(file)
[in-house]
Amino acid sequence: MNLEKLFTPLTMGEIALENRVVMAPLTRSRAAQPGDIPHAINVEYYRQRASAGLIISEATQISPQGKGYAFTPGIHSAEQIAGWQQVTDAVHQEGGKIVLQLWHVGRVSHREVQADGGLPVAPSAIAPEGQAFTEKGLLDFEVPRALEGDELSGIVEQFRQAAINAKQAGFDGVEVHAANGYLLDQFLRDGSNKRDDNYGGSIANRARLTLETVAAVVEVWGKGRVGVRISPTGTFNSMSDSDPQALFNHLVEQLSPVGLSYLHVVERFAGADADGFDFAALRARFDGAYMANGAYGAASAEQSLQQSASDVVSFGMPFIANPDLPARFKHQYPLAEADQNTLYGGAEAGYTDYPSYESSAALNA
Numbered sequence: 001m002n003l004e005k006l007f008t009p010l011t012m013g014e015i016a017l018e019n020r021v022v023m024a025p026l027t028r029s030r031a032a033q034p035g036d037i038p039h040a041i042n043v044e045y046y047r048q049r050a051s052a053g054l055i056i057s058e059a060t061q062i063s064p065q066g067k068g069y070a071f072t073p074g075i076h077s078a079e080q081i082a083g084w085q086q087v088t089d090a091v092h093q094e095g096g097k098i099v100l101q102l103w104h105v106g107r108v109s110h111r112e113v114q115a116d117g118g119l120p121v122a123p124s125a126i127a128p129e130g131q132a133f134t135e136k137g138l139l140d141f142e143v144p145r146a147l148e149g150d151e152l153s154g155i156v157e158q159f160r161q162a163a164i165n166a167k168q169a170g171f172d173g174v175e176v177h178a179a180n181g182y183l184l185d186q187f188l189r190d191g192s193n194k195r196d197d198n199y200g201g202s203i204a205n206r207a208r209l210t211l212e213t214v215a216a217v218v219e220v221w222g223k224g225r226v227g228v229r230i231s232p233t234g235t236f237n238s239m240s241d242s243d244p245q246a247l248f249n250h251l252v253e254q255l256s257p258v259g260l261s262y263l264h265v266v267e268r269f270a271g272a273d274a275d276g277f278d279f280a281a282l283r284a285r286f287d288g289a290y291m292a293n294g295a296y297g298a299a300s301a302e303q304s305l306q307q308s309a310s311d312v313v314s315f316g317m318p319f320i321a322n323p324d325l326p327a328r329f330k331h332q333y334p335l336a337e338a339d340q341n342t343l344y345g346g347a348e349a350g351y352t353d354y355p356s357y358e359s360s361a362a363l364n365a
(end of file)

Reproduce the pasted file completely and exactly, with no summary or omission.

[in-house]
Amino acid sequence: MNLEKLFTPLTMGEIALENRVVMAPLTRSRAAQPGDIPHAINVEYYRQRASAGLIISEATQISPQGKGYAFTPGIHSAEQIAGWQQVTDAVHQEGGKIVLQLWHVGRVSHREVQADGGLPVAPSAIAPEGQAFTEKGLLDFEVPRALEGDELSGIVEQFRQAAINAKQAGFDGVEVHAANGYLLDQFLRDGSNKRDDNYGGSIANRARLTLETVAAVVEVWGKGRVGVRISPTGTFNSMSDSDPQALFNHLVEQLSPVGLSYLHVVERFAGADADGFDFAALRARFDGAYMANGAYGAASAEQSLQQSASDVVSFGMPFIANPDLPARFKHQYPLAEADQNTLYGGAEAGYTDYPSYESSAALNA
Numbered sequence: 001m002n003l004e005k006l007f008t009p010l011t012m013g014e015i016a017l018e019n020r021v022v023m024a025p026l027t028r029s030r031a032a033q034p035g036d037i038p039h040a041i042n043v044e045y046y047r048q049r050a051s052a053g054l055i056i057s058e059a060t061q062i063s064p065q066g067k068g069y070a071f072t073p074g075i076h077s078a079e080q081i082a083g084w085q086q087v088t089d090a091v092h093q094e095g096g097k098i099v100l101q102l103w104h105v106g107r108v109s110h111r112e113v114q115a116d117g118g119l120p121v122a123p124s125a126i127a128p129e130g131q132a133f134t135e136k137g138l139l140d141f142e143v144p145r146a147l148e149g150d151e152l153s154g155i156v157e158q159f160r161q162a163a164i165n166a167k168q169a170g171f172d173g174v175e176v177h178a179a180n181g182y183l184l185d186q187f188l189r190d191g192s193n194k195r196d197d198n199y200g201g202s203i204a205n206r207a208r209l210t211l212e213t214v215a216a217v218v219e220v221w222g223k224g225r226v227g228v229r230i231s232p233t234g235t236f237n238s239m240s241d242s243d244p245q246a247l248f249n250h251l252v253e254q255l256s257p258v259g260l261s262y263l264h265v266v267e268r269f270a271g272a273d274a275d276g277f278d279f280a281a282l283r284a285r286f287d288g289a290y291m292a293n294g295a296y297g298a299a300s301a302e303q304s305l306q307q308s309a310s311d312v313v314s315f316g317m318p319f320i321a322n323p324d325l326p327a328r329f330k331h332q333y334p335l336a337e338a339d340q341n342t343l344y345g346g347a348e349a350g351y352t353d354y355p356s357y358e359s360s361a362a363l364n365a